New Freeland series delves into the mixture of science and ethics
November 17, 2010 · Updated 9:58 AM
Kit Ketcham is stepping up her campaign in the defense of science, so long as science is done right.
“There’s a mistrust,” said Ketcham, pastor of the Unitarian Universalist Congregation of Whidbey Island in Freeland. “Anti-science, anti-education, anti-intellectual attitudes just seem to be growing in the country.”
“There’s a fear of change,” she added. “If you ask people to consider new information when they’re accustomed to holding beliefs based on traditional information, that’s a scary prospect.”
In response, the third in a series of interactive discussions on the subject of science will be held tonight at her congregation’s meeting hall.
The program, “Ethics, Climate Change and Individual Responsibility,” featuring Lauren Hartzell, an instructor of environmental ethics at the University of Washington, will be from 7 to 8:30 p.m.
Ketcham said the idea for a series of discussions arose about a year ago, and she put together a task force to explore ways to counteract a perceived antipathy toward science in general.
The result was a pilot session on the subject of Charles Darwin’s Theory of Evolution earlier this year, which attracted about 50 people. That success led to another program in October, this one on conservation.
Tonight’s program marks the launch of Lyceum 2.0, a continuation of the Whidbey Institute’s previous Lyceum discussion series. Whidbey Institute and Transition Whidbey are partners with UUCWI in the new series, which will feature a different speaker each month, Ketcham said.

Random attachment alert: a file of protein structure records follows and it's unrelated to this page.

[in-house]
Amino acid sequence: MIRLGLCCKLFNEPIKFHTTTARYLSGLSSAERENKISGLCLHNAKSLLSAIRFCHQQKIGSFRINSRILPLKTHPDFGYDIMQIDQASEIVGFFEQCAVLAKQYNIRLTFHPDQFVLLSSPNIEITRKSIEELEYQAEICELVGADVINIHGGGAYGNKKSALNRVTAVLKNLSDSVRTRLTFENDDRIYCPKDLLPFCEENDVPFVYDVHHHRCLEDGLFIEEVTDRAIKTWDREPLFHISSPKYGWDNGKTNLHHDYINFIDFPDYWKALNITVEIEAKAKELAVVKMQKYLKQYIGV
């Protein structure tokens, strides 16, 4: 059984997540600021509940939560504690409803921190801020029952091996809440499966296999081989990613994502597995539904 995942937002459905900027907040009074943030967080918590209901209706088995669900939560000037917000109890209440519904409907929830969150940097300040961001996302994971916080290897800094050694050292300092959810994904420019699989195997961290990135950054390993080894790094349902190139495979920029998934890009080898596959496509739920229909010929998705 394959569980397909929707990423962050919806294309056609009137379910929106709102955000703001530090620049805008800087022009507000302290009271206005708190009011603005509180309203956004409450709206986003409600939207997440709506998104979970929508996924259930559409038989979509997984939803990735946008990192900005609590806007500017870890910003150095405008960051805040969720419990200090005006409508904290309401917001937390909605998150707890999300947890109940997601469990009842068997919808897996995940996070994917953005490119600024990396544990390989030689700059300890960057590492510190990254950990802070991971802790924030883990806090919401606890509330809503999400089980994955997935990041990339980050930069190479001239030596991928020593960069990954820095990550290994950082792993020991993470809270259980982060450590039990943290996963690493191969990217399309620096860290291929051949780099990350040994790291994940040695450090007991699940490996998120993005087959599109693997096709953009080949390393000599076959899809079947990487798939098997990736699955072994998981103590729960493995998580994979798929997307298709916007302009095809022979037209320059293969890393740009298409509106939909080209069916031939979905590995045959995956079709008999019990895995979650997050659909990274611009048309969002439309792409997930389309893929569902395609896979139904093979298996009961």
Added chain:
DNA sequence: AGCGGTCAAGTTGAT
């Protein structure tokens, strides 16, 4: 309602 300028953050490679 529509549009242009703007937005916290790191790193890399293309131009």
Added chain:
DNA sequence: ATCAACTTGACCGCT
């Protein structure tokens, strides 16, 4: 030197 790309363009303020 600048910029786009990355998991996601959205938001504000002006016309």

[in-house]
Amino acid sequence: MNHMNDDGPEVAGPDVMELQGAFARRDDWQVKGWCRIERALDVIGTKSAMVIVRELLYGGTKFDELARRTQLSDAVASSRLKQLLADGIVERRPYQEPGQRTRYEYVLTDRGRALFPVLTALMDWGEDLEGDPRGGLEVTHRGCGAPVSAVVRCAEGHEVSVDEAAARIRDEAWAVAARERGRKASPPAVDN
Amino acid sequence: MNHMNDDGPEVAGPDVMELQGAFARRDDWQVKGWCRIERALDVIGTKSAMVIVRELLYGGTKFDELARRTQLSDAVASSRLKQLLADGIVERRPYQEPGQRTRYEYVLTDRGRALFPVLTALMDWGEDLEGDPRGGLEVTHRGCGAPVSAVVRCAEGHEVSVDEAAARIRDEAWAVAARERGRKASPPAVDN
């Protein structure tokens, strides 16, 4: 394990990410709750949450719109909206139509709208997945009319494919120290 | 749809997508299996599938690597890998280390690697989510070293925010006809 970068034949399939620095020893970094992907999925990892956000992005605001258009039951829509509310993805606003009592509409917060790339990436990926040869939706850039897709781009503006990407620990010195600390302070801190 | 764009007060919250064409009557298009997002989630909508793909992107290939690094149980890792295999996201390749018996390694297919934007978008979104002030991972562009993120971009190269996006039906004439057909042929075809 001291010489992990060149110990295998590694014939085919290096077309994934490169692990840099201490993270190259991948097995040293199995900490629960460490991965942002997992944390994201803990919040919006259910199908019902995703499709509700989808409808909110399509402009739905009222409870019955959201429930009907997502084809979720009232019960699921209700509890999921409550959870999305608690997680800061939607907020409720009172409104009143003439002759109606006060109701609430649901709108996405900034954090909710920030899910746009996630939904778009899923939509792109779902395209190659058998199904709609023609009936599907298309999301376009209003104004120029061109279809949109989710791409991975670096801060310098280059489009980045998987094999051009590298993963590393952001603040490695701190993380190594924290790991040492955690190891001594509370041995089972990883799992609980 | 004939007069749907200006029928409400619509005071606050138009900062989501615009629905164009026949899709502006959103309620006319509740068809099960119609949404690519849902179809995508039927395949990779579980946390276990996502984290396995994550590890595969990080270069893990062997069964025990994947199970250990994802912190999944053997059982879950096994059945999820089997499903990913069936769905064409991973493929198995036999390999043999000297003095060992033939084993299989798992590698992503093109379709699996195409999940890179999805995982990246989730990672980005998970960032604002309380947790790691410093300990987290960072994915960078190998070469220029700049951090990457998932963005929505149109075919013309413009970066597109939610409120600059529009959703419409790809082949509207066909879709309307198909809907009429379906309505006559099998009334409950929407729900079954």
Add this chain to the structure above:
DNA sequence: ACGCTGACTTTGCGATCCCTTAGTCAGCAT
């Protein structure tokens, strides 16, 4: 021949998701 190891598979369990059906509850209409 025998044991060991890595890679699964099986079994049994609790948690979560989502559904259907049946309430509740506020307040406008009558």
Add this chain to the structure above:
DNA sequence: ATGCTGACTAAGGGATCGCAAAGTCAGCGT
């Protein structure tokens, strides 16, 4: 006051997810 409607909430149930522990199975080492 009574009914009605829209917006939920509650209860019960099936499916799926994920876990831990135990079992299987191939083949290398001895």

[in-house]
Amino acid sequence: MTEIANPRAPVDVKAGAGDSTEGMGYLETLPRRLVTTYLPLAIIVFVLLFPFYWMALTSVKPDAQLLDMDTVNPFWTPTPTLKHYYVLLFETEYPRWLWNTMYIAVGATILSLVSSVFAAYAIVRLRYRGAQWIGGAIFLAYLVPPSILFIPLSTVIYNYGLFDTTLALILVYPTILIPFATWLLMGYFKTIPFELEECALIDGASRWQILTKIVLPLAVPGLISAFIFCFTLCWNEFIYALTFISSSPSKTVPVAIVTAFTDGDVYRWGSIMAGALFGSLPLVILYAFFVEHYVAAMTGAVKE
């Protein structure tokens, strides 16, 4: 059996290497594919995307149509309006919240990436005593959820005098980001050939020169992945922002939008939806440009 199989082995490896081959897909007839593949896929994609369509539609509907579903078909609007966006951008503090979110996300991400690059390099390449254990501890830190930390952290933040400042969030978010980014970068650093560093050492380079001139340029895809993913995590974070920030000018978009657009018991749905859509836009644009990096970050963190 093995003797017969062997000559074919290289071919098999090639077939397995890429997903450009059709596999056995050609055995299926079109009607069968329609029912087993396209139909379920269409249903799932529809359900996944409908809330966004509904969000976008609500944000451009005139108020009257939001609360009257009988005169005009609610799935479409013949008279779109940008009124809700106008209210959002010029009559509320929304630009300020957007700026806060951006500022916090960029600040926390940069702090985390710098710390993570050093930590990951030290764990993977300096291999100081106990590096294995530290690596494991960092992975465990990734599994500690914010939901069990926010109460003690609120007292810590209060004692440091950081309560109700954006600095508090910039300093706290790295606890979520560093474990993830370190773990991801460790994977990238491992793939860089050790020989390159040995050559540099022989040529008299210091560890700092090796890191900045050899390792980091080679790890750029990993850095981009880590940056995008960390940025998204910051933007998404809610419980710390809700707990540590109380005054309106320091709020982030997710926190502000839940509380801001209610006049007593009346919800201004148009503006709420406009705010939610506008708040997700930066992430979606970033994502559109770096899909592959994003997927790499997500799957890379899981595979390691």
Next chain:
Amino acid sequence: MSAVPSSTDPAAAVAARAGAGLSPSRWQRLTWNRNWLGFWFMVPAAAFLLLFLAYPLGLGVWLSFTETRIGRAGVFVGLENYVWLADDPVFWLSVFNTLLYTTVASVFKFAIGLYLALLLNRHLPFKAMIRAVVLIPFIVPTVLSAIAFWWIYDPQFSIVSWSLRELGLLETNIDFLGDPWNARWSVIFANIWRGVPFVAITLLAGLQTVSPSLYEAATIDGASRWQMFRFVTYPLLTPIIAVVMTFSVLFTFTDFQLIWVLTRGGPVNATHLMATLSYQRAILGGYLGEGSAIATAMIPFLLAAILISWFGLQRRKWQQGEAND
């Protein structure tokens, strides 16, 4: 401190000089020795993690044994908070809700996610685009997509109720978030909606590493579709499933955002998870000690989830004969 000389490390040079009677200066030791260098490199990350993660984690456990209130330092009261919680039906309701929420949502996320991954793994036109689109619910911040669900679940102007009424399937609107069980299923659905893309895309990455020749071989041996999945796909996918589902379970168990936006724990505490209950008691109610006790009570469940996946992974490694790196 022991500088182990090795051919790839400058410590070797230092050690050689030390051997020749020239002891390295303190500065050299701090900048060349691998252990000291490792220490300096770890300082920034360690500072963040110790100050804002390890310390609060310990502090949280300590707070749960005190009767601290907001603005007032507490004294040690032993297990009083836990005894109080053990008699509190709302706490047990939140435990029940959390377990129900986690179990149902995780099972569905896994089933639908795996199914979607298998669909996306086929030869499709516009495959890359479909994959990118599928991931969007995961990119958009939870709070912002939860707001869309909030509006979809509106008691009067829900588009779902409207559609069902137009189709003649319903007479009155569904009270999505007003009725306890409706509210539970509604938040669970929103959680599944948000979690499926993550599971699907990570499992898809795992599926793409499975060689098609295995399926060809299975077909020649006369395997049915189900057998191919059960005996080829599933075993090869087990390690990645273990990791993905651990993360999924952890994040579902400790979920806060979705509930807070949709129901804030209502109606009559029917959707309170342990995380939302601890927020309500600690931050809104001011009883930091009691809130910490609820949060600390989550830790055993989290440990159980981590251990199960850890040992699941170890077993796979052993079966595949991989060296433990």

“We want to help bring science to people, to help them feel more like science advocates,” she said. “But with an ethical foundation — the ethical piece is very important to me.”
She said the format of tonight’s program will feature a short presentation by Hartzell, followed by a discussion involving local panelists and including questions from the audience.
“We want to have a dialogue, not just a talking head,” Ketcham said.
She said Hartzell will discuss issues such as the ethics of climate change, individual responsibility and how to make a difference.
The local panel will include Ketcham; Langley City Councilman Robert Gilman; small-fishery owner Paula Keohane of Coupeville; and Amy Vallat, a young mother.
Ketcham said she has several questions to toss into the mix. Among them are whether people should be forced by government to live with less, or technically whether they should be forced into any kind of action at all.
“Our overall hope for the series is to help people become more articulate about science and ethics,” Ketcham said. “Science needs to be neutral, and scientific research ethical. We need that approach to some of our human crises.”
“Can we force things down people’s throats? Where do we draw the line?” she added.
Ketcham said she declines to take an apocalyptic view of the Earth’s future, such as will it ever be necessary to sacrifice people’s lives to save the planet.
“I’m learning about this all the time,” she said. “I’m such a mind-changer.”
“But I’m optimistic humankind will adapt, and we’re not going to have to throw anybody overboard,” she added.
Ketcham said the overall theme of Lyceum 2.0 is “Energy Futures for Puget Sound.” Programs for upcoming months are tentative, she said, but topics probably will include sustainability, research, tidal power and the technical innovations that continually emerge.
“We’re still learning how to do this,” she said. “But these are all things that science must address.”
The UUCWI meeting hall is two miles north of Freeland at 20103 Highway 525. A donation of $5 is suggested, and coffee will be served.
For more information, call 331-2163.